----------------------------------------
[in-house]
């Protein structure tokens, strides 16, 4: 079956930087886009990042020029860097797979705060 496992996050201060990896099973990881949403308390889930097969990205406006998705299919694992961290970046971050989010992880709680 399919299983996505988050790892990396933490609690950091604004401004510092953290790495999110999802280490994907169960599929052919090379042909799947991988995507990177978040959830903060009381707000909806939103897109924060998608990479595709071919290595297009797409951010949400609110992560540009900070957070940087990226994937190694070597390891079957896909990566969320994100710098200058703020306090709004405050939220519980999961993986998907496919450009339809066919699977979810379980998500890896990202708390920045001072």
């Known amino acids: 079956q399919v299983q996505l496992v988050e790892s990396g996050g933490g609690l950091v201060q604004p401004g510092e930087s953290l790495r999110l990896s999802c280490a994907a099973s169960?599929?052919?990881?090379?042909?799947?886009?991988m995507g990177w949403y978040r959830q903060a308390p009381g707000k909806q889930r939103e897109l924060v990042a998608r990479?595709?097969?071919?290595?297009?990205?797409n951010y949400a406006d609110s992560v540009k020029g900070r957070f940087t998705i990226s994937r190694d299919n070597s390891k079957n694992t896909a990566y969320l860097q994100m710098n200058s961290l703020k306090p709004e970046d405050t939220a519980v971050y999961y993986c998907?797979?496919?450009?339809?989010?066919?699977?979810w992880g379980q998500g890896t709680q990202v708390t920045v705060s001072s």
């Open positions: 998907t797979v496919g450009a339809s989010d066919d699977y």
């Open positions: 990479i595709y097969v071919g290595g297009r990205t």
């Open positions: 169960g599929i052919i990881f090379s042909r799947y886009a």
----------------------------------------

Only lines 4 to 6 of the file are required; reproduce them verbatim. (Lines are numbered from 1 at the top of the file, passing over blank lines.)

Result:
């Open positions: 998907t797979v496919g450009a339809s989010d066919d699977y």
């Open positions: 990479i595709y097969v071919g290595g297009r990205t």
């Open positions: 169960g599929i052919i990881f090379s042909r799947y886009a």